Cybercrime experts are offering to volunteer at charities for a day to give them a better understanding of data protection and information security and ways to combat cybercrime.
Great Ormond Street Hospital Children's Charity, Future First and Cancer Research UK have already signed up for the new scheme, called GiveADay, which will pair information security professionals from the finance, technology and government sectors with charities. Almost 100 IT experts have committed to take part in the programme, including chief information security officers and chief technology officers from UK organisations including Hewlett Packard and HM Revenue & Customs.
The non-profit scheme was started by Amar Singh, former interim CISO at the media group News International, and Hemang Patel, former advertising strategist at Google, after the recent data breach at the British Pregnancy Advisory Service, in which the charity was fined £200,000 when a security flaw on its website allowed an anti-abortion hacker to gain access to the data of more than 10,000 service users.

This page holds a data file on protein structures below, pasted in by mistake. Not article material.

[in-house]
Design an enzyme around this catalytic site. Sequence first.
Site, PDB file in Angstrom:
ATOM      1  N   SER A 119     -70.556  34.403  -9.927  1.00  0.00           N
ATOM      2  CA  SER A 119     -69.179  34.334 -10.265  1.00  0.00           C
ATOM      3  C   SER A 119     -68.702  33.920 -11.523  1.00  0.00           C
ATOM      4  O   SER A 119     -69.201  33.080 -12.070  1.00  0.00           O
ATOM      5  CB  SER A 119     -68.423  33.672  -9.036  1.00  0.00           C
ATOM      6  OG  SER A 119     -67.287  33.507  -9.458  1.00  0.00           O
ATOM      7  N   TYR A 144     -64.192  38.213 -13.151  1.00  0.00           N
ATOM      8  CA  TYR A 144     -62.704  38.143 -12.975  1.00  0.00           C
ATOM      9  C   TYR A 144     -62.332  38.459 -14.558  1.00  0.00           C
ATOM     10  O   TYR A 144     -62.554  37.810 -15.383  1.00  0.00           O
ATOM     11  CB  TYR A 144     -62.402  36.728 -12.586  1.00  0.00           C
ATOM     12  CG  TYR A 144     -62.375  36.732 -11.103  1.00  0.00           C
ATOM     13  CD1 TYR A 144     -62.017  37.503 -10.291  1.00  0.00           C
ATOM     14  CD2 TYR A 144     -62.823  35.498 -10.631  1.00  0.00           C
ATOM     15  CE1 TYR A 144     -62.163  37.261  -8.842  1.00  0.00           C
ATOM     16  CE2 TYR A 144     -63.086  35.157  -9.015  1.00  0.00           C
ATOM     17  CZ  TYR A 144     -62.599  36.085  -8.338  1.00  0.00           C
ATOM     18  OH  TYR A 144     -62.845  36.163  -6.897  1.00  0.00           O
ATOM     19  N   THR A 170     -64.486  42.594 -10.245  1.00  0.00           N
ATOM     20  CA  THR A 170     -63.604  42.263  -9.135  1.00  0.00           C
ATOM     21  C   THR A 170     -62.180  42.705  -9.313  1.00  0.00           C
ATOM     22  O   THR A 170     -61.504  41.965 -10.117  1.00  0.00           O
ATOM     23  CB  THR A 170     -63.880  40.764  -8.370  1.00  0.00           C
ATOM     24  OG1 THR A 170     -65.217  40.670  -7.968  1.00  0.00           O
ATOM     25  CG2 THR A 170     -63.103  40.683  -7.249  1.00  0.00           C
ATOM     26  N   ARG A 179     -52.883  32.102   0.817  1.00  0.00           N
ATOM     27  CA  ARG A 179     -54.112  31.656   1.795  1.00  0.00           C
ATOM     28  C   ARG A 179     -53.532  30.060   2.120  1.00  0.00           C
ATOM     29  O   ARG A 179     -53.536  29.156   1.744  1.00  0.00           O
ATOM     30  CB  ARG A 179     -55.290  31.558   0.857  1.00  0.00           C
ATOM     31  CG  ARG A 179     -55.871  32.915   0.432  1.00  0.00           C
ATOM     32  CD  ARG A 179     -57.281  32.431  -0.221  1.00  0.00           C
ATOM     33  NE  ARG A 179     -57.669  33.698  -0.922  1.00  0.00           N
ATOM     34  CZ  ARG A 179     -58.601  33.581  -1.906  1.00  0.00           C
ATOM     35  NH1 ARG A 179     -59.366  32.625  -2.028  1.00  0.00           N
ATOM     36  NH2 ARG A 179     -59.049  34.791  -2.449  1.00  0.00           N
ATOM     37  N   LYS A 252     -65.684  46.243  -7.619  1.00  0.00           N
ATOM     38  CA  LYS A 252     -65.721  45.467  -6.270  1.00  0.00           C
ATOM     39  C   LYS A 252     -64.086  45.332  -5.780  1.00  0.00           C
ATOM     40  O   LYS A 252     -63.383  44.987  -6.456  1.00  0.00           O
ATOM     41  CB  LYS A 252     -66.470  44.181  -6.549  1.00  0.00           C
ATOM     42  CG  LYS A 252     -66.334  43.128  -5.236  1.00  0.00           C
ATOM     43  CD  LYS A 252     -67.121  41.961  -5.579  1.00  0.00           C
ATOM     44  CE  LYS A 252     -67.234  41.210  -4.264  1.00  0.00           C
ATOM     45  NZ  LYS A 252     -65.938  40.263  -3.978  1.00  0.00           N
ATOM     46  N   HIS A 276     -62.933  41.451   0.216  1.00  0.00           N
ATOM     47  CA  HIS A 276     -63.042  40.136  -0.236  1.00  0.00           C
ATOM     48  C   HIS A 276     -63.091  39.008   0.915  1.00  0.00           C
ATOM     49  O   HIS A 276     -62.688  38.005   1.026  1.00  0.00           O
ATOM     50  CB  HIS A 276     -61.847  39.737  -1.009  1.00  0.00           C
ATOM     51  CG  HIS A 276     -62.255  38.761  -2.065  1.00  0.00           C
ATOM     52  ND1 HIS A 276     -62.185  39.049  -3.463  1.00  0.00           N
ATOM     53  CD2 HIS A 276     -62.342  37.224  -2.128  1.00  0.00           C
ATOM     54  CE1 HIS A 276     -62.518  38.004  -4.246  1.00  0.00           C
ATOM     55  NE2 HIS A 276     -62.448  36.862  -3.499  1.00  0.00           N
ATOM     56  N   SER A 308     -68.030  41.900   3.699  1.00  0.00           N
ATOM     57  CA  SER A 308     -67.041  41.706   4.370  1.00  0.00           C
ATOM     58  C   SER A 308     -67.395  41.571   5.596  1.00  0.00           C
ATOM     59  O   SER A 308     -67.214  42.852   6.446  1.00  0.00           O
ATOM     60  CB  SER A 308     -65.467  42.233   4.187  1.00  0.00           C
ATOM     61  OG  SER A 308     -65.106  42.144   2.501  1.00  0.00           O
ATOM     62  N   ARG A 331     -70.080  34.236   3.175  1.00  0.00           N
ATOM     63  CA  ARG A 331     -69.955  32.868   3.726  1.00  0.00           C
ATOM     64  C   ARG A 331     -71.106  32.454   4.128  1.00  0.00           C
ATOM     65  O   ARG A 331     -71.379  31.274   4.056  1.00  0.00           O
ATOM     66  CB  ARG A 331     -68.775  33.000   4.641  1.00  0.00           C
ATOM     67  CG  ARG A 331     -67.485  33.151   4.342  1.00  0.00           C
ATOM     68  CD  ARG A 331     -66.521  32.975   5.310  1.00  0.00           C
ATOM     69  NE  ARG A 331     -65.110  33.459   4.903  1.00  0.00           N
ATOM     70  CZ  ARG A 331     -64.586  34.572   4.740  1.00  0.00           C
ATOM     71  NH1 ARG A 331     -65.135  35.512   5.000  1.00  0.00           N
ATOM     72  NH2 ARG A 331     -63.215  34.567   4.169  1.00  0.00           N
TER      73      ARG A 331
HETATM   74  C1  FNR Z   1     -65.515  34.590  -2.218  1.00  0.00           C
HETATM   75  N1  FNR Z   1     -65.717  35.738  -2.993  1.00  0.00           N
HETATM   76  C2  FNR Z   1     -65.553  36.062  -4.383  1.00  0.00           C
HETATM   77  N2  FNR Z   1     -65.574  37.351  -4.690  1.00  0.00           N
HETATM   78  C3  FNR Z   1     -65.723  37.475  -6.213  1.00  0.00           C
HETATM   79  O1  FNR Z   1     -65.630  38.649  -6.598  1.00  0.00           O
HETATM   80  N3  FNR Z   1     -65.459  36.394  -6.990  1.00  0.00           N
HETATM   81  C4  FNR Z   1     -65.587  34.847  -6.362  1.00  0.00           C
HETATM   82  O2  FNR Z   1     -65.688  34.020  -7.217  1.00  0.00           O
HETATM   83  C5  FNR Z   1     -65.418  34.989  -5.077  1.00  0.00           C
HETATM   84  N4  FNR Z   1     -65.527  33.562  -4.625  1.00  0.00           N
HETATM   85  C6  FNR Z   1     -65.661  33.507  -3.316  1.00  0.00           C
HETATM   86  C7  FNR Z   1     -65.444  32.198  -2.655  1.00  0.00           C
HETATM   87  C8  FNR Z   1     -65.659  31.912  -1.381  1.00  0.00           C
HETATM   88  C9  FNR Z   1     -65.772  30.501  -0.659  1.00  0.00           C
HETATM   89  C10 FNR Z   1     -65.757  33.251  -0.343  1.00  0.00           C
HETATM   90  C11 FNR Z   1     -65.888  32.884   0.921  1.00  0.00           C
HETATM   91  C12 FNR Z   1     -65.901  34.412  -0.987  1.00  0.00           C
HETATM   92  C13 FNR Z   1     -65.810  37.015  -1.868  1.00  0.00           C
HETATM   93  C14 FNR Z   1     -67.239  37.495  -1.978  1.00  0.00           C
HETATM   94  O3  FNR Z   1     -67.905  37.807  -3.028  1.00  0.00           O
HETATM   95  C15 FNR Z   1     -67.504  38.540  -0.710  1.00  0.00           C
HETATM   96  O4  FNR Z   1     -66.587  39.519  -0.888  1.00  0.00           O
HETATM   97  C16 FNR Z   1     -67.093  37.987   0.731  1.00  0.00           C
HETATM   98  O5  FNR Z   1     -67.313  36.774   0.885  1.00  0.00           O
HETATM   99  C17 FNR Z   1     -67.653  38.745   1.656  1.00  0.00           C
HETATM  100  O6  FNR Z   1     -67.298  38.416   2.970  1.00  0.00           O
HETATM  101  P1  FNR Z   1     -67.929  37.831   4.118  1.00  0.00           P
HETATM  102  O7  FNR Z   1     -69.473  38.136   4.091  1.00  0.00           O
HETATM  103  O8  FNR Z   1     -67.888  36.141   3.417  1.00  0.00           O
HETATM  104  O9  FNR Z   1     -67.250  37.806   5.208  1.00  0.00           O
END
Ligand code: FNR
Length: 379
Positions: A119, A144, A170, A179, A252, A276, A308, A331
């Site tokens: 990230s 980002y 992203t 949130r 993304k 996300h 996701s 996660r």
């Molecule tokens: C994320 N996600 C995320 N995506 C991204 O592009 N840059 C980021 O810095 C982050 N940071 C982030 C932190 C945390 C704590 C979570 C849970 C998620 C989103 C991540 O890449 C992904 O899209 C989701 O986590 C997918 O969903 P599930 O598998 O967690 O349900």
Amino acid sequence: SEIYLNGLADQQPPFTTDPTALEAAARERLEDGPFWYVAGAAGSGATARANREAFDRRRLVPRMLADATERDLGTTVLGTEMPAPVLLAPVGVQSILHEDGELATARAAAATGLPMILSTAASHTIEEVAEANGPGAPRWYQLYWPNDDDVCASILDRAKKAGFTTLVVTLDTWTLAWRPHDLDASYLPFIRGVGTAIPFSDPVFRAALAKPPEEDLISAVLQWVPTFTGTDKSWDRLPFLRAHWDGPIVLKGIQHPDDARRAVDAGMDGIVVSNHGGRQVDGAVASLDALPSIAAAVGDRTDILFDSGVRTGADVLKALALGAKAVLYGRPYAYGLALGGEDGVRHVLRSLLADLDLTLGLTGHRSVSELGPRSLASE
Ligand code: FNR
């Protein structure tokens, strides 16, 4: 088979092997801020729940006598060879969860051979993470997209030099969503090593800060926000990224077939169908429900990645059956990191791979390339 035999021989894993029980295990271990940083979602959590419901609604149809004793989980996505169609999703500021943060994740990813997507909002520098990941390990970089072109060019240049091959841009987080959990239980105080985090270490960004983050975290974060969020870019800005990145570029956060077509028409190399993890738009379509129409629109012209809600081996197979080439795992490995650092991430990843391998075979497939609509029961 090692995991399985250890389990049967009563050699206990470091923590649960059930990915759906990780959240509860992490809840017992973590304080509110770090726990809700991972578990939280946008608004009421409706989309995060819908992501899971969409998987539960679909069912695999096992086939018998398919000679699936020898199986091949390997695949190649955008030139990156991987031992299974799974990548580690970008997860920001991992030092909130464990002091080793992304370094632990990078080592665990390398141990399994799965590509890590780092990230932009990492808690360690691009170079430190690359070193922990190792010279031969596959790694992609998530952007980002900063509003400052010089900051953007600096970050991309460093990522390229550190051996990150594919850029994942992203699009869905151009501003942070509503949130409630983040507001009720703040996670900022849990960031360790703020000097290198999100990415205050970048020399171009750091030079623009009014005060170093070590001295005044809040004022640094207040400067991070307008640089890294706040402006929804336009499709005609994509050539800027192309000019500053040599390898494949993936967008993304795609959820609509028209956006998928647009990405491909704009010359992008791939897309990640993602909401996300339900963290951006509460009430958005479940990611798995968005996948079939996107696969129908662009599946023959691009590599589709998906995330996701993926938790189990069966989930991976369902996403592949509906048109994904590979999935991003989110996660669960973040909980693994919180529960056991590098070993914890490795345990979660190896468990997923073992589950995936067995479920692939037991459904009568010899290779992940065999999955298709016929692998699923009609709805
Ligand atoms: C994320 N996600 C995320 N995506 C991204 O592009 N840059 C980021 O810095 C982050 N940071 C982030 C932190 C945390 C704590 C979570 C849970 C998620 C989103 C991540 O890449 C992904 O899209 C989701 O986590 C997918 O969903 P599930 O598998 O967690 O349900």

Charities will be matched with IT professionals for a day according to their needs, which might include training staff on information security awareness or providing guidance on data security.
"Charities are in a particularly vulnerable position – they hold a lot of sensitive data on both their services users and their donors," said Singh. "In addition, they are still subject to the same fines from the Information Commissioner’s Office as any other company and are subject to far more rigorous requirements to report a breach. The requirement to report breaches to the ICO results in disproportionate fines to the third sector, plus the stigma of adverse publicity that can severely affect operations and fundraising ability."
GiveADay will be launched on 9 October at the cloud computing and IT infrastructure event IP Expo Europe in London.
Charities can also register their interest through the GiveADay website.